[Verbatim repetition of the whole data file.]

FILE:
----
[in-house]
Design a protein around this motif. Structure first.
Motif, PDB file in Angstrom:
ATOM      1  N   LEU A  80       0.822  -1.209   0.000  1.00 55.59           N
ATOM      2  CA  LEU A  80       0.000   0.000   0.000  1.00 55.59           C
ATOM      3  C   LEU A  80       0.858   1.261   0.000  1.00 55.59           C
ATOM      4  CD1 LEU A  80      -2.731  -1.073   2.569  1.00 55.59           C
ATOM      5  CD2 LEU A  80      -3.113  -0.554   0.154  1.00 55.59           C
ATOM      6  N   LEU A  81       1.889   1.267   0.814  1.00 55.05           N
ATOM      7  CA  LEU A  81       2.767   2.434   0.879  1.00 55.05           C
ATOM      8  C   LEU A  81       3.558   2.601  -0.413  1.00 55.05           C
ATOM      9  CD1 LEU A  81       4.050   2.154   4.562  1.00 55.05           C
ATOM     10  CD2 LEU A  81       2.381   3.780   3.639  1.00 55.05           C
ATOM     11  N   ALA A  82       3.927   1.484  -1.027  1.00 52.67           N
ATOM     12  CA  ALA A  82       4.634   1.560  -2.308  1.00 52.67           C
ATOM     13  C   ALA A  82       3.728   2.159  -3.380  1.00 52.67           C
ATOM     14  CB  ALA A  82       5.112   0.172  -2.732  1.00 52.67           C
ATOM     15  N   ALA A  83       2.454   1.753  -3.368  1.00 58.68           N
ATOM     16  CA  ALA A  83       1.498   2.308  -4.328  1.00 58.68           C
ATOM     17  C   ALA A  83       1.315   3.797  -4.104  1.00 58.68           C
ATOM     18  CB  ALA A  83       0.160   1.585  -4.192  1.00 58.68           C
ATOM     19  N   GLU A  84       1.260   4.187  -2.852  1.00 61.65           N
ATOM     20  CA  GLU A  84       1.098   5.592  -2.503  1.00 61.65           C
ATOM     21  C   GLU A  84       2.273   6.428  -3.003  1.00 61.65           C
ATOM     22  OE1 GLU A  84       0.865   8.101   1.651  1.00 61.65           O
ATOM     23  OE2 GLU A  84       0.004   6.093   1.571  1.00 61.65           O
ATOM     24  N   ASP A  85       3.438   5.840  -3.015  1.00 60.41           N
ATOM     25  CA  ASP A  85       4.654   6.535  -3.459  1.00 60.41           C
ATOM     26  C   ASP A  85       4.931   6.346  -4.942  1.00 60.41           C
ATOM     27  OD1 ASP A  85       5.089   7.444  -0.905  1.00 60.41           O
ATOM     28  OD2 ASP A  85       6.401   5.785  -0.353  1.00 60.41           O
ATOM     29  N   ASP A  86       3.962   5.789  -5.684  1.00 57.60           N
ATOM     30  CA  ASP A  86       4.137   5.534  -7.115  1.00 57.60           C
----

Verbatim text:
[in-house]
Design a protein around this motif. Structure first.
Motif, PDB file in Angstrom:
ATOM      1  N   LEU A  80       0.822  -1.209   0.000  1.00 55.59           N
ATOM      2  CA  LEU A  80       0.000   0.000   0.000  1.00 55.59           C
ATOM      3  C   LEU A  80       0.858   1.261   0.000  1.00 55.59           C
ATOM      4  CD1 LEU A  80      -2.731  -1.073   2.569  1.00 55.59           C
ATOM      5  CD2 LEU A  80      -3.113  -0.554   0.154  1.00 55.59           C
ATOM      6  N   LEU A  81       1.889   1.267   0.814  1.00 55.05           N
ATOM      7  CA  LEU A  81       2.767   2.434   0.879  1.00 55.05           C
ATOM      8  C   LEU A  81       3.558   2.601  -0.413  1.00 55.05           C
ATOM      9  CD1 LEU A  81       4.050   2.154   4.562  1.00 55.05           C
ATOM     10  CD2 LEU A  81       2.381   3.780   3.639  1.00 55.05           C
ATOM     11  N   ALA A  82       3.927   1.484  -1.027  1.00 52.67           N
ATOM     12  CA  ALA A  82       4.634   1.560  -2.308  1.00 52.67           C
ATOM     13  C   ALA A  82       3.728   2.159  -3.380  1.00 52.67           C
ATOM     14  CB  ALA A  82       5.112   0.172  -2.732  1.00 52.67           C
ATOM     15  N   ALA A  83       2.454   1.753  -3.368  1.00 58.68           N
ATOM     16  CA  ALA A  83       1.498   2.308  -4.328  1.00 58.68           C
ATOM     17  C   ALA A  83       1.315   3.797  -4.104  1.00 58.68           C
ATOM     18  CB  ALA A  83       0.160   1.585  -4.192  1.00 58.68           C
ATOM     19  N   GLU A  84       1.260   4.187  -2.852  1.00 61.65           N
ATOM     20  CA  GLU A  84       1.098   5.592  -2.503  1.00 61.65           C
ATOM     21  C   GLU A  84       2.273   6.428  -3.003  1.00 61.65           C
ATOM     22  OE1 GLU A  84       0.865   8.101   1.651  1.00 61.65           O
ATOM     23  OE2 GLU A  84       0.004   6.093   1.571  1.00 61.65           O
ATOM     24  N   ASP A  85       3.438   5.840  -3.015  1.00 60.41           N
ATOM     25  CA  ASP A  85       4.654   6.535  -3.459  1.00 60.41           C
ATOM     26  C   ASP A  85       4.931   6.346  -4.942  1.00 60.41           C
ATOM     27  OD1 ASP A  85       5.089   7.444  -0.905  1.00 60.41           O
ATOM     28  OD2 ASP A  85       6.401   5.785  -0.353  1.00 60.41           O
ATOM     29  N   ASP A  86       3.962   5.789  -5.684  1.00 57.60           N
ATOM     30  CA  ASP A  86       4.137   5.534  -7.115  1.00 57.60           C